Tom Brady was shaky early on, Wes Welker had an uncharacteristic drop, and Rob Gronkowski was nursing an injury that kept him from making any sort of impact. But Sunday night's Patriots' 41-28 AFC divisional-round victory over the Texans wasn't exactly a carbon copy of last year's heartbreaking Super Bowl loss to the Giants.
Quite the contrary, in fact, as the Patriots responded from early setbacks and first-quarter injuries to two key offensive players with precise offense, opportunistic defense and contributions from two second-year running backs whom they've been waiting to see flourish in big spots like these since they were both drafted on the second day of the 2011 NFL Draft.
Running backs Shane Vereen and Stevan Ridley -- taken 56th and 73rd overall, respectively, in the 2011 NFL Draft -- carried the New England offense when starting tailback Danny Woodhead (thumb) and Pro Bowl tight end Rob Gronkowski (arm) left the game with first-quarter injuries.
Vereen became just the second Patriots player in franchise history to score rushing and receiving touchdowns in a postseason game, while Ridley added 82 rushing yards and scored a crucial third-quarter touchdown that extended the Patriots' lead to 11 after 10 unanswered Texans points to end the first half.
Vereen's career day -- after rushing for a meager 251 yards and catching just eight passes in 13 regular-season games -- included 124 yards of offense, five receptions and three touchdowns.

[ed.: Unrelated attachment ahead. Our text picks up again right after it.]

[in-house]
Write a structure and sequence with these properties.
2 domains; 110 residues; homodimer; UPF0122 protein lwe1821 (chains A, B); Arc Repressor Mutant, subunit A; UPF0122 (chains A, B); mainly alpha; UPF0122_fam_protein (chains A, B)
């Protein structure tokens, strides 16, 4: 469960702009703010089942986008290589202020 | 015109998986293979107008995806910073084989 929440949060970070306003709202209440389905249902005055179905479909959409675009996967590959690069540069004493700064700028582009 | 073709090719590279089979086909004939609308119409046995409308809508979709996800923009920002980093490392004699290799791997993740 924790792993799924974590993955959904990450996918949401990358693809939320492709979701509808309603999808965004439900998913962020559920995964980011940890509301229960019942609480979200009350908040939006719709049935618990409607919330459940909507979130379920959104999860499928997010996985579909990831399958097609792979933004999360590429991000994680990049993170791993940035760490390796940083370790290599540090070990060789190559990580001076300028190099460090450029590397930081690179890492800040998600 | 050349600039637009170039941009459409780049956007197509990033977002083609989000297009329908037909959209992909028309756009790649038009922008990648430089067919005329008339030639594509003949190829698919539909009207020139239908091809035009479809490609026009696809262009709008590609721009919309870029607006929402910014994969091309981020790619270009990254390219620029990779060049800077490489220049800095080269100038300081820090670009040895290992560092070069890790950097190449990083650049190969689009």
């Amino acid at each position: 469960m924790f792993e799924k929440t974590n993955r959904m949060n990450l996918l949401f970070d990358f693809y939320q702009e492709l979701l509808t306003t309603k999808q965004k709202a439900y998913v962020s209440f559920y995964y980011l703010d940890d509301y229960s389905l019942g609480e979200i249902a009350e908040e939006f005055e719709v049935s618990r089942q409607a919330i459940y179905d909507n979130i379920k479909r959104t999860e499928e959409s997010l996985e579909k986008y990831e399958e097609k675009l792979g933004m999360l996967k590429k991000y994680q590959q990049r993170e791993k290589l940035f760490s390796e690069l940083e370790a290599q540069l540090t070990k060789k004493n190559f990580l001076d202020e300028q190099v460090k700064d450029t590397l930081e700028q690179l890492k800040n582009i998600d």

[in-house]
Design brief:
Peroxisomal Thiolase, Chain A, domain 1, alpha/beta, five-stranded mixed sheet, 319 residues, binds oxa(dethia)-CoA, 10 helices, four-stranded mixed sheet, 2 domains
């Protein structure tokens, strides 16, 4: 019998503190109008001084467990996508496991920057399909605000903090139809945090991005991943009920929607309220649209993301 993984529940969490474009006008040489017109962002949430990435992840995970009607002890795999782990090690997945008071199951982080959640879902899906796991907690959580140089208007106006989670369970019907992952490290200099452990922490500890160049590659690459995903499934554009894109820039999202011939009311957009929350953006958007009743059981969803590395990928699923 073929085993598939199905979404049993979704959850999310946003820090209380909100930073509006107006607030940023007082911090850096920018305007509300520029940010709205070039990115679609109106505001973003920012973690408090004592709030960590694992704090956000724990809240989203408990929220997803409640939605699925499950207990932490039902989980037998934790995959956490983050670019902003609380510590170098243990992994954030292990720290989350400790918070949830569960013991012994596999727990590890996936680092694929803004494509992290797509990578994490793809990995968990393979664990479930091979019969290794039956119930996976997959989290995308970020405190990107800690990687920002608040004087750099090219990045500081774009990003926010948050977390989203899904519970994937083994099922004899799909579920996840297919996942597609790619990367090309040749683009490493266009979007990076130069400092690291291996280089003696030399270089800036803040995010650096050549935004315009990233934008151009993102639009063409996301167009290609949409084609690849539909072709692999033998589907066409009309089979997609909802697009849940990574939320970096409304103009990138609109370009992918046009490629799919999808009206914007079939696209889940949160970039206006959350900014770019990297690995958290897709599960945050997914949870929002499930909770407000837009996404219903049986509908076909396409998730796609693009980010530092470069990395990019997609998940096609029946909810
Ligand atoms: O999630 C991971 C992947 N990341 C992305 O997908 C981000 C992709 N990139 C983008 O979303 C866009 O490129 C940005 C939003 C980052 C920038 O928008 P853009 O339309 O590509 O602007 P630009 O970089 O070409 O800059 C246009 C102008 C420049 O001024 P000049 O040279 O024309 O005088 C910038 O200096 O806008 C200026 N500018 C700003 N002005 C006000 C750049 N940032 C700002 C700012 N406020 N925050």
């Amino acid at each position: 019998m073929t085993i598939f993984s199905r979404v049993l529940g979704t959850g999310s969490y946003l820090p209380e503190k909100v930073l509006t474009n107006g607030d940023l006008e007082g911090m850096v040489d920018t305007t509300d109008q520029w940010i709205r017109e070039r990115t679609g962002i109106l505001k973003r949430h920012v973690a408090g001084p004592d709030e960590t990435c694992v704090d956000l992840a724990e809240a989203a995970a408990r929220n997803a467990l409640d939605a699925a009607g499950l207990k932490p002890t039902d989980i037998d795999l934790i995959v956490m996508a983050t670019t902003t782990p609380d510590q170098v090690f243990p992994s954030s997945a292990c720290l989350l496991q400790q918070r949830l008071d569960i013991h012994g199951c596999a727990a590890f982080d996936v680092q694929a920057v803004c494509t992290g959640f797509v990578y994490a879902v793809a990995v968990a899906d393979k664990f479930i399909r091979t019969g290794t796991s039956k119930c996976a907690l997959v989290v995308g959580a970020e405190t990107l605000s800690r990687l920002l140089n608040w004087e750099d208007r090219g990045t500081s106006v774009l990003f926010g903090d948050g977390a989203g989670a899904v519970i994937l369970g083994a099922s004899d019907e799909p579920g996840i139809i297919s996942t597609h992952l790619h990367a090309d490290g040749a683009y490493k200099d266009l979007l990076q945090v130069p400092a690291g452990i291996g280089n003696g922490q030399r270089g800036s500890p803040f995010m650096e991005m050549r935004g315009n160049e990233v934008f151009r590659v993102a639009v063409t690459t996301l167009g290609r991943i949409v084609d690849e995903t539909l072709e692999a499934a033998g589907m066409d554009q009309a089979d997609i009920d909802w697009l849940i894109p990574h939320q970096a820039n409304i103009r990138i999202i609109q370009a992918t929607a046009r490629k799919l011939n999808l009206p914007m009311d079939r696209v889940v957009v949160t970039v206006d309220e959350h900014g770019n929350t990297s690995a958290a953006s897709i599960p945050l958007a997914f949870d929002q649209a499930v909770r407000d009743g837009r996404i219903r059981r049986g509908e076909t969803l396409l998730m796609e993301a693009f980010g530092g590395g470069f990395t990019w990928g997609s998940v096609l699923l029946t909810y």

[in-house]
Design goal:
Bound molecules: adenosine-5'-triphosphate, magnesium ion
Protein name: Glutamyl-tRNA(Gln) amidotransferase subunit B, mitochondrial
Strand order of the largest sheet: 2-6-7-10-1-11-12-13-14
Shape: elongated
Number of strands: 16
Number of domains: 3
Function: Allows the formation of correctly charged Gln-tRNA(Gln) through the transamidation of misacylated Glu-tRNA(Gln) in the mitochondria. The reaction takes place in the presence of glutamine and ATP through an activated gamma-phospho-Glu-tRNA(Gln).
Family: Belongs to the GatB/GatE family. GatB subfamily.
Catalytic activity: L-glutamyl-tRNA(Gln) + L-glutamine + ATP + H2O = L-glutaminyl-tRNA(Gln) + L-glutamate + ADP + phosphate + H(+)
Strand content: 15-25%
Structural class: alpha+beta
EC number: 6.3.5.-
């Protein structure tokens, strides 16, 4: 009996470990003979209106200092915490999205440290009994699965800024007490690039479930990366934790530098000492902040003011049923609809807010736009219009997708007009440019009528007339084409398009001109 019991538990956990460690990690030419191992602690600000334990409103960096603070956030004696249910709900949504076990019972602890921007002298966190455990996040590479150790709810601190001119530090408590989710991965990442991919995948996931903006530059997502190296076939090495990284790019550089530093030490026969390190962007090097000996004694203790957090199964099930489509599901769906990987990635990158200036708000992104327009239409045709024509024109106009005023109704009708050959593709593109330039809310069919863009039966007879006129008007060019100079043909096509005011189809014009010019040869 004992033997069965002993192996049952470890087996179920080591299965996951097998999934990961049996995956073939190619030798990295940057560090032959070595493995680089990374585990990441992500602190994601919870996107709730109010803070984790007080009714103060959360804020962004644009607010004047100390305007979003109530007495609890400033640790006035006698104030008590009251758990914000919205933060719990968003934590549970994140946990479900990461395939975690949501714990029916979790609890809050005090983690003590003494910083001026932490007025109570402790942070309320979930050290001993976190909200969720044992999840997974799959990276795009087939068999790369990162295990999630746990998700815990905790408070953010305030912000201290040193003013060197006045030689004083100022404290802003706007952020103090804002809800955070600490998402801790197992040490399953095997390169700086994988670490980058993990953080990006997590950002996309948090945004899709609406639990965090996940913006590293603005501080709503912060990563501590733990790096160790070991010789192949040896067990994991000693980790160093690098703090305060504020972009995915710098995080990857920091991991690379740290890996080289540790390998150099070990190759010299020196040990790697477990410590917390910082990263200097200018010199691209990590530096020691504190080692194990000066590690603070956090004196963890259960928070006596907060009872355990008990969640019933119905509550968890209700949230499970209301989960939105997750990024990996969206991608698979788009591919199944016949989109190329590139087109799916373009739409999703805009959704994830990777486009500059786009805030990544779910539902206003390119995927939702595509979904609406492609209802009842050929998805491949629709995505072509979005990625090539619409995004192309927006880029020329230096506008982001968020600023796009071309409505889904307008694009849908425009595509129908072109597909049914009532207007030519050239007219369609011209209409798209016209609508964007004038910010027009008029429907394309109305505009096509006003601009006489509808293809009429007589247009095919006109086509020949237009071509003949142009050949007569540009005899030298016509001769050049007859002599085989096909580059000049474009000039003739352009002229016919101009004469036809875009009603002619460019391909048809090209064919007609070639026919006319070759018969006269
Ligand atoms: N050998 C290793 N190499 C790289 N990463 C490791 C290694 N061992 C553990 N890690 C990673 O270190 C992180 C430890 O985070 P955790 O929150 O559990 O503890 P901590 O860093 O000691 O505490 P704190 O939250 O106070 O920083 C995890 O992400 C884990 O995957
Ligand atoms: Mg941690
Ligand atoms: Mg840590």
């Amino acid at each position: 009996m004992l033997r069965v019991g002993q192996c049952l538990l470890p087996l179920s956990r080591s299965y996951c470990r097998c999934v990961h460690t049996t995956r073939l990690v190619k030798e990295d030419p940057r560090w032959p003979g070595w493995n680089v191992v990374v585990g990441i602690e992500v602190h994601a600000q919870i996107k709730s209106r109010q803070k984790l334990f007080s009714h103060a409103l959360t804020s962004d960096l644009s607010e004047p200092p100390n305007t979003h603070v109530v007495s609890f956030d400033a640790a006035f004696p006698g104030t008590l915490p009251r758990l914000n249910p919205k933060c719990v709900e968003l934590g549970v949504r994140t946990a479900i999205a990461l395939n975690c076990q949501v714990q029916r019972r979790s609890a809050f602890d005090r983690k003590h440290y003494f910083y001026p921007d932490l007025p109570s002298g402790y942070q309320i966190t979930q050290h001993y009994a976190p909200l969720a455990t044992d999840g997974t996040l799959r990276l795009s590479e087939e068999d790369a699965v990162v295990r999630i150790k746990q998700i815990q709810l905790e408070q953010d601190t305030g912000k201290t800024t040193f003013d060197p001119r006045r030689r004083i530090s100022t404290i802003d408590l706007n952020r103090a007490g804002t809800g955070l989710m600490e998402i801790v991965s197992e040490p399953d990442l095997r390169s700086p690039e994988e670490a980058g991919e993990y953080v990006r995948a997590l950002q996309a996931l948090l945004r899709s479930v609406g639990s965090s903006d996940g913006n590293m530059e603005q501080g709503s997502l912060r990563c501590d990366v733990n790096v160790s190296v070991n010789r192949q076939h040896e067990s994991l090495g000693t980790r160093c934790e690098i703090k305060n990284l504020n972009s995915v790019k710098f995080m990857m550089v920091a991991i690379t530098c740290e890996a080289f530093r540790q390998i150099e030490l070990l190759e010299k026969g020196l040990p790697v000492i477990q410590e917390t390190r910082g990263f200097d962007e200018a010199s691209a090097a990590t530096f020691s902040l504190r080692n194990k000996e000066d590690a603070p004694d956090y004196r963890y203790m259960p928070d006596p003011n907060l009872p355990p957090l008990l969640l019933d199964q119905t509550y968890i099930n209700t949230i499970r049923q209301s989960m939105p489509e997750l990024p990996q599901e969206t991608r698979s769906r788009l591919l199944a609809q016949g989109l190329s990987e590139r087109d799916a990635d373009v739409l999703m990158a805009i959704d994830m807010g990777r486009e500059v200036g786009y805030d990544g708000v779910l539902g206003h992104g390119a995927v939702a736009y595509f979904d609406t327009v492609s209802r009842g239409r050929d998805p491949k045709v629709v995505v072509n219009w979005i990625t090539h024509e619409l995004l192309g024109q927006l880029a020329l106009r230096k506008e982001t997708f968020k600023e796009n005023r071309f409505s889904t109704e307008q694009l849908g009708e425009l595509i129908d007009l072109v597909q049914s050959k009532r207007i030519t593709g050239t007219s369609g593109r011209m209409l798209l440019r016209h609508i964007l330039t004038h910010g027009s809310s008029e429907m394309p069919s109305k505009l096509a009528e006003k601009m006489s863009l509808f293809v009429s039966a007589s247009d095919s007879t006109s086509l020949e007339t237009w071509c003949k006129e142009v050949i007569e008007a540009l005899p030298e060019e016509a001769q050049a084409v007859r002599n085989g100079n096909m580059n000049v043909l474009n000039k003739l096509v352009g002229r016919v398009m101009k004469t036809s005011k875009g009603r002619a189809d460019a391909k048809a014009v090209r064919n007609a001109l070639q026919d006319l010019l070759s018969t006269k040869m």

"People stepped up all over the board tonight," Vereen said at his locker after the game. "We hate to lose [Woodhead]. He's such a key part of our offense. But at the same time, all the running backs hold each other accountable to step up when one of us goes down. As a running backs group, we keep a focus that no matter who's in the game, we're able to perform."
Sunday was Vereen's first career playoff game. His three-touchdown effort made for quite the debut. Postseason football is old hat for Tom Brady, though. And in the same weekend that his old rival Peyton Manning failed to earn his 10th career playoff victory and escape the AFC's divisional round, Brady notched his 17th career postseason win, surpassing his childhood idol Joe Montana for the most in NFL history.
Without the services of Woodhead and Gronkowski (early Sunday night reports indicated that Gronk will miss the rest of the postseason), Brady completed 25 of 40 passes, tossing three touchdowns and zero interceptions in the win. He'll play in his seventh AFC Championship Game, New England's second straight against the Baltimore Ravens, on Sunday.
When asked about the near-miss of yet another much-anticipated Manning-Brady AFC Championship Game, Brady responded bluntly, "I think the two best teams are in the finals. Baltimore certainly deserves to be here and so do we. It's very fitting. We played them earlier in the year. They got us. We blew a pretty big lead there at the end, but we're going to have to play our best game next week."